A hotter and drier outlook could see Australia experience another early start to the bushfire season.
The Bureau of Meteorology (BOM) 'Climate Outlook' confirms that from August to October, Australia is likely to experience drier than average conditions as well as warmer than average temperatures, virtually, nationwide.
Former NSW Fire and Rescue Commissioner and Climate Councillor, Greg Mullins said this is bad news for firefighters as warm, dry conditions increase the flammability of vegetation, potentially loading the dice towards a dangerous and early bushfire season.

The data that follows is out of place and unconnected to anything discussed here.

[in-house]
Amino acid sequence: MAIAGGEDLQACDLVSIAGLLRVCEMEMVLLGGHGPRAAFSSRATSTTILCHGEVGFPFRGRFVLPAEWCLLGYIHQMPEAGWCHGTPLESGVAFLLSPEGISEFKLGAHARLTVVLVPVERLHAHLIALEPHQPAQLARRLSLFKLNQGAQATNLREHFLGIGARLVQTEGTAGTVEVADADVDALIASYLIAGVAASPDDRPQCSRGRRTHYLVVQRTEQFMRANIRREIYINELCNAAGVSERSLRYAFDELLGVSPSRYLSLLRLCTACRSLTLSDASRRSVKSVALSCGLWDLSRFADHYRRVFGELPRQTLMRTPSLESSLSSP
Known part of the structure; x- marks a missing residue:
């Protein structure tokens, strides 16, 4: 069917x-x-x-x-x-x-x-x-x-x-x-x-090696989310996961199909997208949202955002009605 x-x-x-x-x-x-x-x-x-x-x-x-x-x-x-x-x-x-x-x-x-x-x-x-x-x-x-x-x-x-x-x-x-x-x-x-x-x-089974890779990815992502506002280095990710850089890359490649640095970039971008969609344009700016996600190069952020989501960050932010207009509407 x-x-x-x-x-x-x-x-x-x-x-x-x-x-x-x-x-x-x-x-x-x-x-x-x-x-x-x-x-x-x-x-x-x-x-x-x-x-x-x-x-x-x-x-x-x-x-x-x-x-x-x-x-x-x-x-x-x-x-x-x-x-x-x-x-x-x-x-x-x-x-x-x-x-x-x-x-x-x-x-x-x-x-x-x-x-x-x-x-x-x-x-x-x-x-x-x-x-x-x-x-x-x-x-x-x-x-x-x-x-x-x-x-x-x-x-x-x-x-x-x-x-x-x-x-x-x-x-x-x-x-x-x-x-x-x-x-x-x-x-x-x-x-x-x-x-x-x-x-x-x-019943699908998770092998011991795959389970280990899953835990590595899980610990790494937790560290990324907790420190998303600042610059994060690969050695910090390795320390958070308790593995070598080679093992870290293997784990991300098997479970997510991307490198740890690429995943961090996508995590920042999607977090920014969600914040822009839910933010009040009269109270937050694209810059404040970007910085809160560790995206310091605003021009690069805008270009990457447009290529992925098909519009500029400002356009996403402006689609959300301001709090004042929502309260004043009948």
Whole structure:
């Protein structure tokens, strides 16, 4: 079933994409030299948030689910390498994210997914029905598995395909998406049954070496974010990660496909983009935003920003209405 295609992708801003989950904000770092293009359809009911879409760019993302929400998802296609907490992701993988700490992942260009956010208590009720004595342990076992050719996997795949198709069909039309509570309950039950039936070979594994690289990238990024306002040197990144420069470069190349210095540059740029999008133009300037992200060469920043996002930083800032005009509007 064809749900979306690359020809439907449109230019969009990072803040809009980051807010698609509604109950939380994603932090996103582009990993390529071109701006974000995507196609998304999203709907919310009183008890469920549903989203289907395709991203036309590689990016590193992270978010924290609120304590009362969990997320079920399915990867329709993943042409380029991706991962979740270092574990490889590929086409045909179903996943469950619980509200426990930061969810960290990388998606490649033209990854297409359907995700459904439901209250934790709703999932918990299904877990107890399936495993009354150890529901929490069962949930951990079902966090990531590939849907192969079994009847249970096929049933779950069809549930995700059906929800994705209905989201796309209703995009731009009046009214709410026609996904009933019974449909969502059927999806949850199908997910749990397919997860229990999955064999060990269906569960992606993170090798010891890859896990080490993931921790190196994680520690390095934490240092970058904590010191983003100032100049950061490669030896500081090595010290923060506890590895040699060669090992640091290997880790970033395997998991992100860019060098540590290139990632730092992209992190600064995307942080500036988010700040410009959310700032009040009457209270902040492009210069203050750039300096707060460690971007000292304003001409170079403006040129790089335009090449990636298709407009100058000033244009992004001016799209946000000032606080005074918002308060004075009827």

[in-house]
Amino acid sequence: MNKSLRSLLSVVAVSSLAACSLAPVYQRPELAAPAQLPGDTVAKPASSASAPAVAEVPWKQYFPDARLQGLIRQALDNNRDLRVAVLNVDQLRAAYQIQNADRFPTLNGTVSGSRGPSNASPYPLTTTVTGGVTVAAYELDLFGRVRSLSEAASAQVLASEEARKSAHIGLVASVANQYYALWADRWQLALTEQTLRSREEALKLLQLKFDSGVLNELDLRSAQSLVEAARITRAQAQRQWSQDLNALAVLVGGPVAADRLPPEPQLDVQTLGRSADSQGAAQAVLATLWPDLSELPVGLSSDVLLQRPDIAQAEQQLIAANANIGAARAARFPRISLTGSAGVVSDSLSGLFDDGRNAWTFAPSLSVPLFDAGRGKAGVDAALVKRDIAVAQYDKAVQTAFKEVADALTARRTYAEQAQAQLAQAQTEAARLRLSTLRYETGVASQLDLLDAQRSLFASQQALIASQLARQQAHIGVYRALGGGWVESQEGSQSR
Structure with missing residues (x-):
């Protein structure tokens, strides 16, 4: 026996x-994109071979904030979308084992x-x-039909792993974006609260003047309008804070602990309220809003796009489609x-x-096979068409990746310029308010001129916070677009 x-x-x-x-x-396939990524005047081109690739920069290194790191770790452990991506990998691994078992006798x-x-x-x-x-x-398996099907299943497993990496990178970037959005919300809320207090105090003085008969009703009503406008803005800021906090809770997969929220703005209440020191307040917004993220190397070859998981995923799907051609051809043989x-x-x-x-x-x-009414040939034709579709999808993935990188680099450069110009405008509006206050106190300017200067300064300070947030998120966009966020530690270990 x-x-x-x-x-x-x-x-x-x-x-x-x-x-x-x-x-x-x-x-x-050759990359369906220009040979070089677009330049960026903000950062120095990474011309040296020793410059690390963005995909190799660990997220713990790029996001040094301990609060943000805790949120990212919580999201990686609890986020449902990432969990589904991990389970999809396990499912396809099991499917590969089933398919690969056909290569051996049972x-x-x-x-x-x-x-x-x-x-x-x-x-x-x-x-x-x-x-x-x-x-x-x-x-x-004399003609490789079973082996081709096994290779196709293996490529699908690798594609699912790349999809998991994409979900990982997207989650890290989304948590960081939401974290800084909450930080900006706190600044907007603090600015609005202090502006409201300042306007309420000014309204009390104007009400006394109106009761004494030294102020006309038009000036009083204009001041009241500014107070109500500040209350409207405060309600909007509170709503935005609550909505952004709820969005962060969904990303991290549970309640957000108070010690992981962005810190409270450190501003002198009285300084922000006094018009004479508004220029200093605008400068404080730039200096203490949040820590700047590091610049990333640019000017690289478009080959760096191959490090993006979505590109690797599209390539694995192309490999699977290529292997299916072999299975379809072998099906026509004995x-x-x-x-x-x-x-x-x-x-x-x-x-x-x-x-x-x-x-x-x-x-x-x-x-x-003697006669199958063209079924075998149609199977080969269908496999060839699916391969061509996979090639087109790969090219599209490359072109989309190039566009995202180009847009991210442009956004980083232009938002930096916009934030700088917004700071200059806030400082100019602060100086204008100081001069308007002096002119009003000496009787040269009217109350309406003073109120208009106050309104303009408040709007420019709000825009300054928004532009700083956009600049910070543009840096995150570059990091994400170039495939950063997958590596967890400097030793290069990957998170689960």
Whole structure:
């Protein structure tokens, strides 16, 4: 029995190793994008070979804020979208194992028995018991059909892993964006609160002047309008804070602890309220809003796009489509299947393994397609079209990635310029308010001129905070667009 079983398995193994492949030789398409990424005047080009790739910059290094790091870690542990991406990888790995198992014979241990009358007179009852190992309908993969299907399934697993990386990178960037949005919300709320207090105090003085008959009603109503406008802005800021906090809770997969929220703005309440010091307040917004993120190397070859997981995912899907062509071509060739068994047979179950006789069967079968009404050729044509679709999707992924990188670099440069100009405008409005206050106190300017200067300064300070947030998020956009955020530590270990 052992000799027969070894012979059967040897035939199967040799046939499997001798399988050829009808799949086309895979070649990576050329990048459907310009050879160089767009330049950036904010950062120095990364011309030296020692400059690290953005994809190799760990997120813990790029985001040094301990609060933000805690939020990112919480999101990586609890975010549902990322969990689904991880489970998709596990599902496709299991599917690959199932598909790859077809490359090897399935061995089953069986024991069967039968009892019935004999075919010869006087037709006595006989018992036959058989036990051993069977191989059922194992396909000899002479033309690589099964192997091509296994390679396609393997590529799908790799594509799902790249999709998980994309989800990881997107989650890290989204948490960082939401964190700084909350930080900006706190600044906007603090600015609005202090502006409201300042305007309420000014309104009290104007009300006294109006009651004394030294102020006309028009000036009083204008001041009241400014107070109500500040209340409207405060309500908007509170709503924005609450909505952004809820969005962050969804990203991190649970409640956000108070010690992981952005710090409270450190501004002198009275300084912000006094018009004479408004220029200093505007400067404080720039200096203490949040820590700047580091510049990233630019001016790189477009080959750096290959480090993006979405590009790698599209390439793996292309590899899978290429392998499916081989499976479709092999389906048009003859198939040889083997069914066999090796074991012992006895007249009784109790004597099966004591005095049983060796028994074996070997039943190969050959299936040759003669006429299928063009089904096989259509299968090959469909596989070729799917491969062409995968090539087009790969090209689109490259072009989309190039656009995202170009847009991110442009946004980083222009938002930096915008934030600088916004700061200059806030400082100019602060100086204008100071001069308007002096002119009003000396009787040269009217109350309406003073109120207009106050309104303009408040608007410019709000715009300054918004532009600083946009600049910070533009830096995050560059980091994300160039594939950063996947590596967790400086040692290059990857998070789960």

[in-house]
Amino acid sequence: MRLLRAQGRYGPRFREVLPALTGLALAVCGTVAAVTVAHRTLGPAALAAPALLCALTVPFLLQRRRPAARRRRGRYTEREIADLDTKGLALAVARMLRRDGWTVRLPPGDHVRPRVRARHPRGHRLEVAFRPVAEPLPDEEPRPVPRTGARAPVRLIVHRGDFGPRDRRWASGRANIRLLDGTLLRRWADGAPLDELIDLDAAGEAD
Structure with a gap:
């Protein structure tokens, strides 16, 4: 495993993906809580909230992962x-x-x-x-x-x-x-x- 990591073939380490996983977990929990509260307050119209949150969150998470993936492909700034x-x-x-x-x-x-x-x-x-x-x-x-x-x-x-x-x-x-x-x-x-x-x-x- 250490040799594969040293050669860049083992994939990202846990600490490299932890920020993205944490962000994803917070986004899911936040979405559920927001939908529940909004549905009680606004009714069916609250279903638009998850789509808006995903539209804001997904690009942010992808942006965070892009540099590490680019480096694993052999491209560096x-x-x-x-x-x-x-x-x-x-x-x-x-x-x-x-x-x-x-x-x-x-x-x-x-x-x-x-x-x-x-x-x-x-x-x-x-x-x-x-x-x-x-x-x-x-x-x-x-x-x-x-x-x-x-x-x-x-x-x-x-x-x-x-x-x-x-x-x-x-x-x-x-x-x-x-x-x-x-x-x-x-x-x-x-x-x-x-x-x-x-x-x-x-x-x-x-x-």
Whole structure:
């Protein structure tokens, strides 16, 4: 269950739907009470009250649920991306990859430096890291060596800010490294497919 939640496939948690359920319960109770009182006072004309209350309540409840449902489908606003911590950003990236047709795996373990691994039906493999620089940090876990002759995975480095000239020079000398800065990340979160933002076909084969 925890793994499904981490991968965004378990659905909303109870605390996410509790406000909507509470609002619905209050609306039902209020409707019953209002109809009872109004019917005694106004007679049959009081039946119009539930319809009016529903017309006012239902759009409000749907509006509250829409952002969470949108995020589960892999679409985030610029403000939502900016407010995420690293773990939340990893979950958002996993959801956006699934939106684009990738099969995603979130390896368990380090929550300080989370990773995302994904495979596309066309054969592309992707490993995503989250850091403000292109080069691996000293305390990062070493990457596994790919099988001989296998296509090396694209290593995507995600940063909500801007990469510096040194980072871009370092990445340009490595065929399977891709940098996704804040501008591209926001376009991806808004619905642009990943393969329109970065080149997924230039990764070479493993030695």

"Similar to what we experienced last year, parts of Australia could see yet another early start to the bushfire season," he said.
"In NSW, the official bushfire season starts in October, but with these conditions and underlying drought, we could once again see serious bushfires in August, or as early as this month.
"South east Queensland is also on high alert, especially given their bushfire season last year began in July - two months early."
Mr Mullins said this was part of a long-term trend being driven by climate change.
"Australia's bushfire seasons are starting earlier, becoming more severe and lasting longer than ever before," he said.
"Today's outlook from BOM once again cements the fact that Australia needs to take a good hard look at its greenhouse gas emissions, which have been consistently rising over the past five years.
"The burning of coal, oil and gas, is warming the world, worsening extreme weather and putting people in danger - and Australia is ill prepared."